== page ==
Lindy Tennent-Brown works with opera and music theatre singers, preparing repertoire for auditions, roles, and concerts (oratorio and song). She has extensive experience coaching the operas of Handel, Mozart, Strauss, Puccini, Britten, Poulenc, and the bel canto/verismo composers, and has specialist knowledge of contemporary opera, music theatre, and recital programming.
What is a vocal coach?
A vocal coach is usually (but not always) a pianist who works with singers on improving interpretation and stylistic awareness, sound quality, musical phrasing, languages, diction, and endurance. We bridge the gap between a singing teacher and a conductor: filling the holes between a voice studio, where you learn the techniques of singing, and the rehearsal room or concert platform, where you do the job of singing. Vocal coaches deal with style and interpretation of repertoire, and audition, role, and concert preparation. We help you sound better and perform at your best.
What do coaches do? What don’t coaches do?
An experienced vocal coach provides support in whatever area/s you need it most, from learning notes for new, difficult, or unfamiliar repertoire, through to polishing up arias and songs ready for auditions or concerts. Every singer has different strengths and weaknesses. It is the job of the coach to identify those differences quickly, then reinforce the strengths and boost the singer’s knowledge and toolkit around any weaknesses.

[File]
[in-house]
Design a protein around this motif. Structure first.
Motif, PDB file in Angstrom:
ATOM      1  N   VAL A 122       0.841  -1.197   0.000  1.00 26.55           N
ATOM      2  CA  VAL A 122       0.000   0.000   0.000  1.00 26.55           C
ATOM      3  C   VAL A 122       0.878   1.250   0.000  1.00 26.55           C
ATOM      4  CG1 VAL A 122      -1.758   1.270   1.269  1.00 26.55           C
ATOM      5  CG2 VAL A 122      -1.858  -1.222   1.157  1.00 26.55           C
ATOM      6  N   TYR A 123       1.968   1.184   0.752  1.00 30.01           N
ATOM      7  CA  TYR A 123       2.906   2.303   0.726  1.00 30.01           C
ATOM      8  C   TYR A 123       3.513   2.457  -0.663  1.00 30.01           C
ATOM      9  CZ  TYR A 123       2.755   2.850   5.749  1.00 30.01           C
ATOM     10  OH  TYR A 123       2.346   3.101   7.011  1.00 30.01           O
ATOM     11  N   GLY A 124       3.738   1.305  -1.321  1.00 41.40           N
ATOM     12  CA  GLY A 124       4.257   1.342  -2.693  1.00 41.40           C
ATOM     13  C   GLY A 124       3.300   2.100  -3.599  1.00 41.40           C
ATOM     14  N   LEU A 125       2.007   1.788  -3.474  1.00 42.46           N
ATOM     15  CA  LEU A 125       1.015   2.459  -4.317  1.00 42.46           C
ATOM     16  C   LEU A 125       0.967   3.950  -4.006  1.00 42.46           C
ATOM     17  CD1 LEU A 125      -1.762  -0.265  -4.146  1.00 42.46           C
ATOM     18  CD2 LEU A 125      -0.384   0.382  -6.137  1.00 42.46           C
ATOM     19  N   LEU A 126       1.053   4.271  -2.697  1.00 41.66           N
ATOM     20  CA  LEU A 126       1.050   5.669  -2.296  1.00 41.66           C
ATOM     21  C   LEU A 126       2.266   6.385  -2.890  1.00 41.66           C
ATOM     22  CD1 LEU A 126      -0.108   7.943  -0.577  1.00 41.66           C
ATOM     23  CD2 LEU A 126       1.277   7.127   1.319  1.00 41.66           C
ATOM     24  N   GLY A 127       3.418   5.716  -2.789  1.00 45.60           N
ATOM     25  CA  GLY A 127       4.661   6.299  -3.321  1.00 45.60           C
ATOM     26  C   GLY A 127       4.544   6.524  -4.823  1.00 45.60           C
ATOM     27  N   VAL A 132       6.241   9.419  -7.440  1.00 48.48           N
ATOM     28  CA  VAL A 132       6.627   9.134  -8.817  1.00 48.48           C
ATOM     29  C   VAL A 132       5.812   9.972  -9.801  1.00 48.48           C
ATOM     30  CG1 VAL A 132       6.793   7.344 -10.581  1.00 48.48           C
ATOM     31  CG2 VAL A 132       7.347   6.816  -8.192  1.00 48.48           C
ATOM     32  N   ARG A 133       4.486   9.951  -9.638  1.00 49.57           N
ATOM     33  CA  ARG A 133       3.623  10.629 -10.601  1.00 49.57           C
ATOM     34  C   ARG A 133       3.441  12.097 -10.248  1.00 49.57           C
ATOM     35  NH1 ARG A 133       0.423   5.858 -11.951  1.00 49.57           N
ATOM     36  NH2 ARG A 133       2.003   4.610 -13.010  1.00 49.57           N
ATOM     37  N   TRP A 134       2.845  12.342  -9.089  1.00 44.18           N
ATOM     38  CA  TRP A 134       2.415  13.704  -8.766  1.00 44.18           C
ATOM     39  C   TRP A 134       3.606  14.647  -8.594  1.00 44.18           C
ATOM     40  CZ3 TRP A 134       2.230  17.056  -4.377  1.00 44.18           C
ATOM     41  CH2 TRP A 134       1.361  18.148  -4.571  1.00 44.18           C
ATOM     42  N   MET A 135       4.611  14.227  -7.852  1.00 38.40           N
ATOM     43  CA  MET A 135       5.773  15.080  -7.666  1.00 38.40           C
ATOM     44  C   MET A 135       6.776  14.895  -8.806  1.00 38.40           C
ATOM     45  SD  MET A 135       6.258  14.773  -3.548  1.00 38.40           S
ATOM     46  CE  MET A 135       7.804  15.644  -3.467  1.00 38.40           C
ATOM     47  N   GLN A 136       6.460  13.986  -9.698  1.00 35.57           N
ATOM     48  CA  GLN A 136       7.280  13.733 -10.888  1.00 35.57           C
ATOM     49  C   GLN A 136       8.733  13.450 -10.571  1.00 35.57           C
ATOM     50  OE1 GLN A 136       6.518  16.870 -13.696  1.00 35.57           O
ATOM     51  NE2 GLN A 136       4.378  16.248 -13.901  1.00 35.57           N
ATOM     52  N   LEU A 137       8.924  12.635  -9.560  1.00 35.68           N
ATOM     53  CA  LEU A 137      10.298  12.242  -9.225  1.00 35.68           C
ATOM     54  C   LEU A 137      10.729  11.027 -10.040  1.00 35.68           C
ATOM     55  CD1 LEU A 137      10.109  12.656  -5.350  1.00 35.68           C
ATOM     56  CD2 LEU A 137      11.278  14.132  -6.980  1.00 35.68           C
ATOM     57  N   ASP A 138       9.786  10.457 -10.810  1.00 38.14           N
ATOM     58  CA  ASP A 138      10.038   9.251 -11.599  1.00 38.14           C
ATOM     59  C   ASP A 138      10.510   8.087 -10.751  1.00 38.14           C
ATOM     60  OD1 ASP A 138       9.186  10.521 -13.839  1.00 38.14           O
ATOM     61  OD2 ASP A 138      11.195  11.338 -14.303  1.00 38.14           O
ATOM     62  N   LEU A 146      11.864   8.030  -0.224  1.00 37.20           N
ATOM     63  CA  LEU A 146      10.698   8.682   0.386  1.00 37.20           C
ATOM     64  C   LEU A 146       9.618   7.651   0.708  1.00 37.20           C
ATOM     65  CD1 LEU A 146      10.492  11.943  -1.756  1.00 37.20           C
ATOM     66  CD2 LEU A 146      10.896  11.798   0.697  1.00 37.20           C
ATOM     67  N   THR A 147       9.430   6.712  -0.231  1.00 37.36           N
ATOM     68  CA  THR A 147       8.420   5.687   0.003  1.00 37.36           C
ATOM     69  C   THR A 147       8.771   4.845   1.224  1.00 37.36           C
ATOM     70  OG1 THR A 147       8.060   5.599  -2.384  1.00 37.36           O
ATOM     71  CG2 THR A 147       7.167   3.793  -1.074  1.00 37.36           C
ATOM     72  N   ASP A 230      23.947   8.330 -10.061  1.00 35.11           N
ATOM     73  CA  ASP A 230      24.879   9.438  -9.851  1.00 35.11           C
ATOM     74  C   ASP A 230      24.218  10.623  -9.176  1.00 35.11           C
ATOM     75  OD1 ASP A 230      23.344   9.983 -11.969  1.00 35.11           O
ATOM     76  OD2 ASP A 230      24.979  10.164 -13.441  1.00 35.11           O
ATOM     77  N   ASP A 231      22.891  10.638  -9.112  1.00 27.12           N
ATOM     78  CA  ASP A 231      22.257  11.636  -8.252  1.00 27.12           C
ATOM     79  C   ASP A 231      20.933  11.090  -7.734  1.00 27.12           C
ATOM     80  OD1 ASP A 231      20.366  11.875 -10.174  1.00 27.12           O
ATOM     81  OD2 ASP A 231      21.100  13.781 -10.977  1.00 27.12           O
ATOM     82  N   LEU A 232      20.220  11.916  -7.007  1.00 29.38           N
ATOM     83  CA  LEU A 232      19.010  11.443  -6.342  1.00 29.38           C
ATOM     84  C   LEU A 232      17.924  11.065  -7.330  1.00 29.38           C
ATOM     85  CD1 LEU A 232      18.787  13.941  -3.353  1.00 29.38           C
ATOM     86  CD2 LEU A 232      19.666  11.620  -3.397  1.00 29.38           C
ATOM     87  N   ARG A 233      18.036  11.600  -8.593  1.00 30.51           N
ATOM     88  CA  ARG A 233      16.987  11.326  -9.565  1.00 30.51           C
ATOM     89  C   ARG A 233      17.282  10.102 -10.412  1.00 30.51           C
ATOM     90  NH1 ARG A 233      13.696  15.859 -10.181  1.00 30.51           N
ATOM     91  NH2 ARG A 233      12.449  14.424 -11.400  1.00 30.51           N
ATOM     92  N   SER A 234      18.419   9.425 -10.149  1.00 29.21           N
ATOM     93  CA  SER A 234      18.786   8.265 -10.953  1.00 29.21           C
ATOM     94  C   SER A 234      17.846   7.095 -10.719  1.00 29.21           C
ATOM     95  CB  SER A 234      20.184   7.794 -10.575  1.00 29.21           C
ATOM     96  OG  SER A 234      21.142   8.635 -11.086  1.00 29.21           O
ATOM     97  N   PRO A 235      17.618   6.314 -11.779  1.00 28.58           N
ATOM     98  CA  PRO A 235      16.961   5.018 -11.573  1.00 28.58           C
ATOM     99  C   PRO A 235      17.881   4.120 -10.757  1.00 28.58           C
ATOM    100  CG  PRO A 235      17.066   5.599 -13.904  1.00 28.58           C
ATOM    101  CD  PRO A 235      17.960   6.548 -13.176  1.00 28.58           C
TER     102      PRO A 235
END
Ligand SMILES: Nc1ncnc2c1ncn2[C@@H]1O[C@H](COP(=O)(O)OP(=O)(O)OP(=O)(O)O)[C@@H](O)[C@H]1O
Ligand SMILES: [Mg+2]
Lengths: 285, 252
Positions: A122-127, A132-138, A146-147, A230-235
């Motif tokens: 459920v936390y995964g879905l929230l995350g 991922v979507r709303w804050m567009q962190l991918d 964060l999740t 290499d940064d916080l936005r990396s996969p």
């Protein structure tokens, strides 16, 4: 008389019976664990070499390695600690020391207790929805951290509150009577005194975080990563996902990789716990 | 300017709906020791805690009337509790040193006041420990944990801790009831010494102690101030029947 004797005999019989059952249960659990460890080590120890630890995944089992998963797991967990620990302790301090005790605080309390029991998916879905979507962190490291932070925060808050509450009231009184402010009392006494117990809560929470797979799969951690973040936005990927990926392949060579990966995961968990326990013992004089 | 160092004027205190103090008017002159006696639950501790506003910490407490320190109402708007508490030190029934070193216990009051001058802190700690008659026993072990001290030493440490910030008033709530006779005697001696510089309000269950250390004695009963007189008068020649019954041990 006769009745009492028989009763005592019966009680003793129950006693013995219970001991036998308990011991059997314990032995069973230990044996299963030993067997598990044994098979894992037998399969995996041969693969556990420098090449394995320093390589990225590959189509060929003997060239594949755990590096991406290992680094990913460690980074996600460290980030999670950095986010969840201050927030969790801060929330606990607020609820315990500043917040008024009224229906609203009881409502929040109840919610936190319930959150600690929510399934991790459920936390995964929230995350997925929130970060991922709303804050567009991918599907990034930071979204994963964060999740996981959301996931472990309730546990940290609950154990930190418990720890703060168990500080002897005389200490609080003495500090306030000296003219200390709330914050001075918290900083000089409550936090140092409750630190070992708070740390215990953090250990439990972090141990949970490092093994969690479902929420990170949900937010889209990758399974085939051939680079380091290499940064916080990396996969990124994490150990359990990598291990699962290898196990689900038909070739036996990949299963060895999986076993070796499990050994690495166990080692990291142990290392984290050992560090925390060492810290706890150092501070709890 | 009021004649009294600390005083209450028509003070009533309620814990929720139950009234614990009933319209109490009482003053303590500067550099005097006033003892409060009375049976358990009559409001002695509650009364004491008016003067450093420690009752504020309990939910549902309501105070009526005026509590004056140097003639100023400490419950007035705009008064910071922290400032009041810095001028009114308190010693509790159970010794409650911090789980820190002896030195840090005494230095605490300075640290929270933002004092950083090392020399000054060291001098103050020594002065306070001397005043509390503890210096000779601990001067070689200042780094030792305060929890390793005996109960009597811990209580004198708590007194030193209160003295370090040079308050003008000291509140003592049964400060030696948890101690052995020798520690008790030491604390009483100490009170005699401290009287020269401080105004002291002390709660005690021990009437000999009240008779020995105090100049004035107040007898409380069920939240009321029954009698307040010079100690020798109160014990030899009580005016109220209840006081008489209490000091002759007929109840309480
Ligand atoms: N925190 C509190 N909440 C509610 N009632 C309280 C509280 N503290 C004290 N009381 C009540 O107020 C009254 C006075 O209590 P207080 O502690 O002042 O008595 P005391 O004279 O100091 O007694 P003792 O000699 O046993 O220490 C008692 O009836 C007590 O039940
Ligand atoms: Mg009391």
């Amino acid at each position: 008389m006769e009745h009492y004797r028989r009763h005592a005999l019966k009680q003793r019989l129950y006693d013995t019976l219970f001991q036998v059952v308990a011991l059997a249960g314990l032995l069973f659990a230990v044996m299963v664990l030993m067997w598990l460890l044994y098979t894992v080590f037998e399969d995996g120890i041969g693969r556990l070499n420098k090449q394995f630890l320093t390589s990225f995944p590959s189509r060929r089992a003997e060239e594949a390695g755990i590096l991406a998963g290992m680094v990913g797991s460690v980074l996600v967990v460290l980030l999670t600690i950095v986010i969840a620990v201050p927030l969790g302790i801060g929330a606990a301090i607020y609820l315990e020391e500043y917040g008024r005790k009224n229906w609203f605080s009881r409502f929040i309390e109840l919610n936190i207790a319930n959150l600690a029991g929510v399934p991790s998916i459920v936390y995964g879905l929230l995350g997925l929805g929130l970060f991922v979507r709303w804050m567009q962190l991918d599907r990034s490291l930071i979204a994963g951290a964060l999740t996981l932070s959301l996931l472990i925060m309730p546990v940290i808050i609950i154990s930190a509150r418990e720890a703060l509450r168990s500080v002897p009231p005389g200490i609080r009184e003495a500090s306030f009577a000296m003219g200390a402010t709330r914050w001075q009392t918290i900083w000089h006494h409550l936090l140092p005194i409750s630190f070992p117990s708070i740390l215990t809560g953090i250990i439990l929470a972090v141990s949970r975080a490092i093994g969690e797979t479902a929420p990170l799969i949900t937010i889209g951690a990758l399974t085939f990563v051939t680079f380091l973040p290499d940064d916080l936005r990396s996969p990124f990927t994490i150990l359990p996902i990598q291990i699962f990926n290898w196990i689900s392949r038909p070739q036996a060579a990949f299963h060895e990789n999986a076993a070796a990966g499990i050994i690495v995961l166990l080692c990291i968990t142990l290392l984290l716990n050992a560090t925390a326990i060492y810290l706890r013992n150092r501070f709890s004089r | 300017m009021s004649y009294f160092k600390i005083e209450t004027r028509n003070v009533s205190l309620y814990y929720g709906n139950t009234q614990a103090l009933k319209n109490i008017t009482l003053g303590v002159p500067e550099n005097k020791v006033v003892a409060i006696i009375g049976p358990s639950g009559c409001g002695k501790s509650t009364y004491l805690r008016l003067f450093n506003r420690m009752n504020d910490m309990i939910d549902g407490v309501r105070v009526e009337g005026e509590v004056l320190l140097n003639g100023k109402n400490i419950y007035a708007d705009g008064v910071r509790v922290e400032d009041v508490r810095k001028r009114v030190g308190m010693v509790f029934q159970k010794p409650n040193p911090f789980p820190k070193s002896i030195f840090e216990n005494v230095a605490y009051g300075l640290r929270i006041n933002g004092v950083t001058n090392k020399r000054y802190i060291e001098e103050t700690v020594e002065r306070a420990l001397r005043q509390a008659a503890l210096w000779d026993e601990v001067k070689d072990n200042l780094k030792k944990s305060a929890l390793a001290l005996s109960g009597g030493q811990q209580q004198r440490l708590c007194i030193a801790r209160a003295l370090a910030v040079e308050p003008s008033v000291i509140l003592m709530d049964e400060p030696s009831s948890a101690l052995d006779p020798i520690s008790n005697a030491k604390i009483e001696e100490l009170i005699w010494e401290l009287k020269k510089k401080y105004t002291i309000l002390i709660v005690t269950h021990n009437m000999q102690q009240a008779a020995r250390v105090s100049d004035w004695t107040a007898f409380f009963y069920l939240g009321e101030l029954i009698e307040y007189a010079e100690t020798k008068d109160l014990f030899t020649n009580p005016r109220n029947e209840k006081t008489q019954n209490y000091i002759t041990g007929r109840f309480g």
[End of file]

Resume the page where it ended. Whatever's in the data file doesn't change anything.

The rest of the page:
An experienced vocal coach will have spent many years working in the studio alongside a wide range of voice teachers, conductors, and directors. They will be able to offer assistance in trouble-shooting some common technical issues – tongue position, vowel formation, projection, breathing, and resonance, for example.
You might be unsure of your voice-type and looking for a place to experiment with new repertoire or technique – a vocal coaching studio is a safe place, free from judgement or exposure, where you can explore the limits of your voice and expression with attentive, careful feedback.
Vocal coaches have excellent ears. They hear things that you can’t hear when you’re singing. Professional singers rely on their coach to be an external pair of ears offering constructive feedback and perspective.
When should I see a vocal coach?
Vocal coaching can be a one-off session in preparation for a concert or audition. Or it can be a series of sessions over several weeks leading up to a performance or recording, or learning notes for a new opera or song cycle. It can also be regular work to build strong foundations in a singer’s musical and interpretative approach to specific (or varied) repertoire.
Where do you work?
Lindy offers vocal coaching at her home studio in Clevedon, south-east of Auckland. She also travels to coach within the greater Auckland and Waikato regions.
Please use the contact page to enquire about bookings and/or rates.